Talk about beauty in diversity we celebrate today, Model ‘Khoudia Diop’.
Anti-bullying advocate and Senegalese Model popularly known as Melanin goddess hopes to push the boundaries of traditional beauty standards and encourage others to “create their own rules of diversity.”
While living in Senegal, estimated by the World Health Organization as a country where a quarter of Senegalese women use skin-bleaching products, Diop was bullied and teased and made to feel ashamed because of her dark skin tone, same as her brother who is as dark as she is and was constantly pressured to start using bleaching products by her cousins, aged 12 and 13.
At some point, she wanted to be lighter and sometimes missed school and stayed indoors because she was ashamed of how people looked at her.
A defining moment for her was at age 15 right before she followed her aunt to Paris for an eye surgery, her sister took her on vacation to Milan. Walking on the street one day, she saw a big mirror with a lot of light-skinned people around and noticed she stood out. That for her was an epiphany and it ignited something on her inside. Eventually, she was approached with some suggestions that she become a supermodel. With so many offers and no concrete reasons to turn them down, she kicked off her modelling career at age 17.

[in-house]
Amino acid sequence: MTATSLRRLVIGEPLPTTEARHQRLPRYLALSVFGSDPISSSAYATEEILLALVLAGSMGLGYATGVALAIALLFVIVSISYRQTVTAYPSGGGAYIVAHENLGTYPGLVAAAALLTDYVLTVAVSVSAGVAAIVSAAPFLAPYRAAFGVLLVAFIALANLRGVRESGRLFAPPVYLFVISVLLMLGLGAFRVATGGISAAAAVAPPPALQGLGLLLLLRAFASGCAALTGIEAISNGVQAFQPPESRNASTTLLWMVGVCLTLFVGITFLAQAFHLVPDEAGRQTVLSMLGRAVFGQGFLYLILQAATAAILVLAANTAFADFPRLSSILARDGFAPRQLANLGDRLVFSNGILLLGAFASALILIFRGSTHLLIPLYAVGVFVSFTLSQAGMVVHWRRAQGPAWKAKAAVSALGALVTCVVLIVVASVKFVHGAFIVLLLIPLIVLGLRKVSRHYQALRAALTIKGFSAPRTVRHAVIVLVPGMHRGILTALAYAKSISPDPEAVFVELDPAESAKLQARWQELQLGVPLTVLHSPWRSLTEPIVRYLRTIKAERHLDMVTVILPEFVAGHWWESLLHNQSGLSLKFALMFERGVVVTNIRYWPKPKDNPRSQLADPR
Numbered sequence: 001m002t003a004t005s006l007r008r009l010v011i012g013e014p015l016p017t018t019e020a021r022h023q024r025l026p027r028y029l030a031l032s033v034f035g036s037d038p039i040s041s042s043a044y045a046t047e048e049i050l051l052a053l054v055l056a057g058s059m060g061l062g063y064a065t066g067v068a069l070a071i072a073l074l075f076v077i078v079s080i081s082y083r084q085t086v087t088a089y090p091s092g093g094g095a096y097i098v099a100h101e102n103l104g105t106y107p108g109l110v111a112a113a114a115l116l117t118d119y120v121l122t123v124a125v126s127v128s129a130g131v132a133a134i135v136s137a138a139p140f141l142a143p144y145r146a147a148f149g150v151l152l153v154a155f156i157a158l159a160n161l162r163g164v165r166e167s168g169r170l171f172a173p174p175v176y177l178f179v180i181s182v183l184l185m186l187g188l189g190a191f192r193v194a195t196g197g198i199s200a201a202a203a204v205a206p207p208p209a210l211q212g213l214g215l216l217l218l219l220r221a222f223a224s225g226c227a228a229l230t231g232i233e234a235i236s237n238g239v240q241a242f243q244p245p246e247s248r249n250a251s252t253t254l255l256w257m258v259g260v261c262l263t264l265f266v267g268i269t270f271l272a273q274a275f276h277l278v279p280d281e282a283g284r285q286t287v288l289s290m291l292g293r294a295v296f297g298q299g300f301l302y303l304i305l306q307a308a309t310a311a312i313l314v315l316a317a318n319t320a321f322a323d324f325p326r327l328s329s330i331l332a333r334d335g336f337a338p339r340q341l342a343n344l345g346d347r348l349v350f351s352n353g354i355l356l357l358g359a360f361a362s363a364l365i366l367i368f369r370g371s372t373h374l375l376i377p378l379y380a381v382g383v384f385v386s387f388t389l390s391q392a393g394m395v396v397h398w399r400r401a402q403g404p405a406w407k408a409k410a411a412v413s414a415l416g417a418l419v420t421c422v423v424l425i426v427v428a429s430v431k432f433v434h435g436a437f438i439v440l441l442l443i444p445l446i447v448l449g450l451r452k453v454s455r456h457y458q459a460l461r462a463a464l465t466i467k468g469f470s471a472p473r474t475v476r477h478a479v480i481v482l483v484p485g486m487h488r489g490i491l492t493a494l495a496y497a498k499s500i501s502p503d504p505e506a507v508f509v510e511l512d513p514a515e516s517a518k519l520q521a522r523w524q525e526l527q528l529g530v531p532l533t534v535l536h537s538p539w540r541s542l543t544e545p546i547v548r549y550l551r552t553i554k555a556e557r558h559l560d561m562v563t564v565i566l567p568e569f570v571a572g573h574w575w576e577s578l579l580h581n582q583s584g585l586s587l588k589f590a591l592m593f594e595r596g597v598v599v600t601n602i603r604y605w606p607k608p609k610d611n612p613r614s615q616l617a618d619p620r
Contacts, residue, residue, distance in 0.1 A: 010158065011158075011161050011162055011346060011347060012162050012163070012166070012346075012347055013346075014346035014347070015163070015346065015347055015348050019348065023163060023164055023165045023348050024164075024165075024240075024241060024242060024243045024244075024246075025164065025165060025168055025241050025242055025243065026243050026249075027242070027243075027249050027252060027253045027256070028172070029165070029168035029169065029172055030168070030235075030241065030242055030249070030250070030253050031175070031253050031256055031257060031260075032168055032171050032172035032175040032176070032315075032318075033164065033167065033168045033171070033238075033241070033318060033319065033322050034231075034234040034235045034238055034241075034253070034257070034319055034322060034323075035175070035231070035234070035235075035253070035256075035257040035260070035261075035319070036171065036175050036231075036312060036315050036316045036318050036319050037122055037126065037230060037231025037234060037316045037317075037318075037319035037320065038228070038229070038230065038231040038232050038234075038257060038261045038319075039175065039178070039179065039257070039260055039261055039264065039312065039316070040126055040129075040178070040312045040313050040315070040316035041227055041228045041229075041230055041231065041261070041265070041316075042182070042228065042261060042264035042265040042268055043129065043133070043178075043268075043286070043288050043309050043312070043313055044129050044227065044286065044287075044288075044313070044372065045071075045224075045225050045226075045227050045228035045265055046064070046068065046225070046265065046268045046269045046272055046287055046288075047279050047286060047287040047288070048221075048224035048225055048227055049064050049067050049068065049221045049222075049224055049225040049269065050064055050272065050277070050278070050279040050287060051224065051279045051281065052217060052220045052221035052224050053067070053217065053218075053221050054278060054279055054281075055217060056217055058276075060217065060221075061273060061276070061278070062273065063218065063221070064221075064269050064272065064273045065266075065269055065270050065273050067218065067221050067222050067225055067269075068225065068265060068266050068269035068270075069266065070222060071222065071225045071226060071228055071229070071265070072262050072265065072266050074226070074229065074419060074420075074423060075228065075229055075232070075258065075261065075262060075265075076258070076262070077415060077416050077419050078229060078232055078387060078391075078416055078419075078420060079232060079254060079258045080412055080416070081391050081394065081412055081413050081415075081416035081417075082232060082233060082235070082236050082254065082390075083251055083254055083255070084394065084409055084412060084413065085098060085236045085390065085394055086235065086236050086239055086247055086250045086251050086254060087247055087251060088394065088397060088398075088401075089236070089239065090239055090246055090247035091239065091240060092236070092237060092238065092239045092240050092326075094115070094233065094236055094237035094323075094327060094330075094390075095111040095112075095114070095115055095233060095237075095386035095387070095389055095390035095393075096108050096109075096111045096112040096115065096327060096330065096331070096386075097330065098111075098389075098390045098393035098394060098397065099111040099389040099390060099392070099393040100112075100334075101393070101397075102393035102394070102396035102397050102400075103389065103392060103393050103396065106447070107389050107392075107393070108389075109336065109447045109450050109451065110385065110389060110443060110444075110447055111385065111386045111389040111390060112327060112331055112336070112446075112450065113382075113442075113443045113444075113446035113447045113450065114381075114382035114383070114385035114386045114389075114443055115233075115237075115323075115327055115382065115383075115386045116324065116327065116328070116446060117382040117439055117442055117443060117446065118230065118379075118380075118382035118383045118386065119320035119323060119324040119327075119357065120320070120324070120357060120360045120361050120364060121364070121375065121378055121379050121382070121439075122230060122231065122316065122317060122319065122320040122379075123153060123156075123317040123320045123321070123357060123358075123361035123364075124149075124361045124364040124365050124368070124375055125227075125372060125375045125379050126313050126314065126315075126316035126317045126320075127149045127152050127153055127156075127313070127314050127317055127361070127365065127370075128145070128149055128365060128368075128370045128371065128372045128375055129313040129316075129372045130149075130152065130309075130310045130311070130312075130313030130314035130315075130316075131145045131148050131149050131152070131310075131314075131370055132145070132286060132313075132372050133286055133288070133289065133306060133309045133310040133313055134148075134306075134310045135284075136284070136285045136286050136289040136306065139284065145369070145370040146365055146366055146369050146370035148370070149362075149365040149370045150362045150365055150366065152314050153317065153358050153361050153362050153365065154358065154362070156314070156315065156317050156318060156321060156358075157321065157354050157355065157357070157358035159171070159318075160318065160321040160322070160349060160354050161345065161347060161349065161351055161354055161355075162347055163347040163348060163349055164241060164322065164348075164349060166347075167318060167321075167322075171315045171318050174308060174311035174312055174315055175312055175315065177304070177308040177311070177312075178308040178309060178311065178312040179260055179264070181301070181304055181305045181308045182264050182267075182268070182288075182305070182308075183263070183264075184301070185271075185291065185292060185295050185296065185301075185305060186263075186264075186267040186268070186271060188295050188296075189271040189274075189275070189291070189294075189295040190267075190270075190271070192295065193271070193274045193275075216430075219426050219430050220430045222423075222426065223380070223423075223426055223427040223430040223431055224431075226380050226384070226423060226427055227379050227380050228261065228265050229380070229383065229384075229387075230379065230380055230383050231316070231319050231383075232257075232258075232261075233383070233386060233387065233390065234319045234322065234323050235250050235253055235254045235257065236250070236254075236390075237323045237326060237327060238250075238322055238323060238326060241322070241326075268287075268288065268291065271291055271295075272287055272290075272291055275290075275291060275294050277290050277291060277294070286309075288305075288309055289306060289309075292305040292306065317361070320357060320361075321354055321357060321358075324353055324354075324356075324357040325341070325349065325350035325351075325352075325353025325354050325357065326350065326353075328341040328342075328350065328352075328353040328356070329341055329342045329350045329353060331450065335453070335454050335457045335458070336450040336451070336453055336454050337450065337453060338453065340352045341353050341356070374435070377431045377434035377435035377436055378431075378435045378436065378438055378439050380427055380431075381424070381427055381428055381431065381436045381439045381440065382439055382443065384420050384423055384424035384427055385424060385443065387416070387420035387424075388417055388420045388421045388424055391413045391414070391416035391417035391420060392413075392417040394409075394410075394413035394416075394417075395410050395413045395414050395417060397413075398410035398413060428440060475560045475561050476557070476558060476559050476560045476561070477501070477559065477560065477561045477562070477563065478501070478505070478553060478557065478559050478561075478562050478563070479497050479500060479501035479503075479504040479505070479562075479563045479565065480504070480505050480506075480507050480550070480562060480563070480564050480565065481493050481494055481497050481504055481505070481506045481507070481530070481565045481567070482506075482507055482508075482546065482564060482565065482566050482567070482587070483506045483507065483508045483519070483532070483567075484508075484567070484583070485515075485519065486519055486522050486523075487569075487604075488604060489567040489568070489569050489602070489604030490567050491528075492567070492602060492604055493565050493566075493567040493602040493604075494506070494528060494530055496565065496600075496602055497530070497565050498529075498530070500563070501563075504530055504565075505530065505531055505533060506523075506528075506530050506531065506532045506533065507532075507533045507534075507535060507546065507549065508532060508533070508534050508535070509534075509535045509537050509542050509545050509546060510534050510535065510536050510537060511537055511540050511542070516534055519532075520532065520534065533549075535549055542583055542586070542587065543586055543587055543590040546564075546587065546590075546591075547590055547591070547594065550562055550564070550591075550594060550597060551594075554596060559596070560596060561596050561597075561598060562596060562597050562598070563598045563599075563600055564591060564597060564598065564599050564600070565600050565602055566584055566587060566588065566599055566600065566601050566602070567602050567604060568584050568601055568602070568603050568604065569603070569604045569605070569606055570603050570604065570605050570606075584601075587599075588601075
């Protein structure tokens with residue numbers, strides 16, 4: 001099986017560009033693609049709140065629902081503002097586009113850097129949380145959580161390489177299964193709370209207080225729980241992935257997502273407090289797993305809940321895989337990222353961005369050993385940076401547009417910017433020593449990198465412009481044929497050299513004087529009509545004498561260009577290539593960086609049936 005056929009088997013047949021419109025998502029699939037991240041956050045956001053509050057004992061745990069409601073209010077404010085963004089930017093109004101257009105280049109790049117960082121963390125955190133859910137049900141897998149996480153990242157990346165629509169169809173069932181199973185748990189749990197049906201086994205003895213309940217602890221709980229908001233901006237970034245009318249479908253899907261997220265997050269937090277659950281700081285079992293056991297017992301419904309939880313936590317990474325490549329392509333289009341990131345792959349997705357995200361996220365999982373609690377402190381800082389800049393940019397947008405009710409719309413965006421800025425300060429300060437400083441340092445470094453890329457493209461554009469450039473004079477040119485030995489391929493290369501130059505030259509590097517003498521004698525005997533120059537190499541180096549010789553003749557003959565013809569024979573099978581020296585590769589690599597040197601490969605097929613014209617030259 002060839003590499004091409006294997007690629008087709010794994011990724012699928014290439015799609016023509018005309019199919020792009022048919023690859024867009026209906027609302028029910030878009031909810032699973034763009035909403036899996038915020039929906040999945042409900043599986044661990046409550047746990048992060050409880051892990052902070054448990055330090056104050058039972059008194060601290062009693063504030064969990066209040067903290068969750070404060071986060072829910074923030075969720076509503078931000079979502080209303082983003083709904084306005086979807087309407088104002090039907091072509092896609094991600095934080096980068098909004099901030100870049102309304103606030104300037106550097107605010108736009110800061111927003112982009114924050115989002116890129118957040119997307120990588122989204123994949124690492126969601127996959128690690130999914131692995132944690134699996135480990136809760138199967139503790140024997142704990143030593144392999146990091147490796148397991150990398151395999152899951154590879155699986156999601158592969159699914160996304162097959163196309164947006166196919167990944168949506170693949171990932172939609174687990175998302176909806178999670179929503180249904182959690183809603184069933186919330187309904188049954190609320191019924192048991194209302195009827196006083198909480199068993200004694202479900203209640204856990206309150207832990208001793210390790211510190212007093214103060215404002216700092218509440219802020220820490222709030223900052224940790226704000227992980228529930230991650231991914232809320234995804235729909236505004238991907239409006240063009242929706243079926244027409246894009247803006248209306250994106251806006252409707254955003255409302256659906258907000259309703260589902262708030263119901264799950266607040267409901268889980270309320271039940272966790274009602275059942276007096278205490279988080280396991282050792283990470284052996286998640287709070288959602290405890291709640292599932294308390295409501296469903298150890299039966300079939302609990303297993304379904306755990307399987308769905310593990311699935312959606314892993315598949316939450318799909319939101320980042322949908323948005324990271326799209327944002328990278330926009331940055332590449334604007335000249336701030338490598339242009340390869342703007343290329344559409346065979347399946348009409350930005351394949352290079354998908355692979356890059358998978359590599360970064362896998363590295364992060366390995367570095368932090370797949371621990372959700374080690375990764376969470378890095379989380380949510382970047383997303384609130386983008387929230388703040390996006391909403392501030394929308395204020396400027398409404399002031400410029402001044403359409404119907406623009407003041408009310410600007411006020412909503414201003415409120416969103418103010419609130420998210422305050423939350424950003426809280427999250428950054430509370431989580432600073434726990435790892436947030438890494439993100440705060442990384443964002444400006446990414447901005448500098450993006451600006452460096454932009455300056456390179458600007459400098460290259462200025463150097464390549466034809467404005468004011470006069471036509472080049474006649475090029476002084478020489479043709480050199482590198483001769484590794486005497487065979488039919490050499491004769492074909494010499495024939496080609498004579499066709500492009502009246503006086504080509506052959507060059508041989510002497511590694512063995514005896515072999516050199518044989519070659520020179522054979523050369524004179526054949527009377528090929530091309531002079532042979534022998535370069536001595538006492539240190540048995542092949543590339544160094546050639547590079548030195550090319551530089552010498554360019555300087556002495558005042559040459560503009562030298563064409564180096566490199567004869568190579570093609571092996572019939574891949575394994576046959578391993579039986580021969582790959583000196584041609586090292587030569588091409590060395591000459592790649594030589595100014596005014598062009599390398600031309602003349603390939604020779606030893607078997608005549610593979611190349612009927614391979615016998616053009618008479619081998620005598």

Khoudia nicknames herself the ‘Melanin Goddess’ to express pride in her appearance. She is also a strong advocate against racist bullying. In 2016, she moved to New York City for college and was featured in a campaign for The Colored Girl Project, which led to her becoming a beauty influencer especially on Instagram. In 2017, she appeared in an advertising campaign for French cosmetics brand Make Up For Ever.
Always stressing the importance of inner beauty and empowerment, Khoudia hopes to inspire young people who may have gone through the same ‘color hangovers’ she experienced as a kid.
Counting Lupita Nyong’o and Michelle Obama as her beauty icons, Khoudia’s ultimate goal is to create an iconic legacy that includes helping others and of course, living fabulously. Thanks to a monstrous Instagram following, she is well on her way to reaching that goal using her platform to promote self-love to youngsters and particularly showing girls that it is not bad to be dark.
“Different is beautiful and you do not have to change who you are”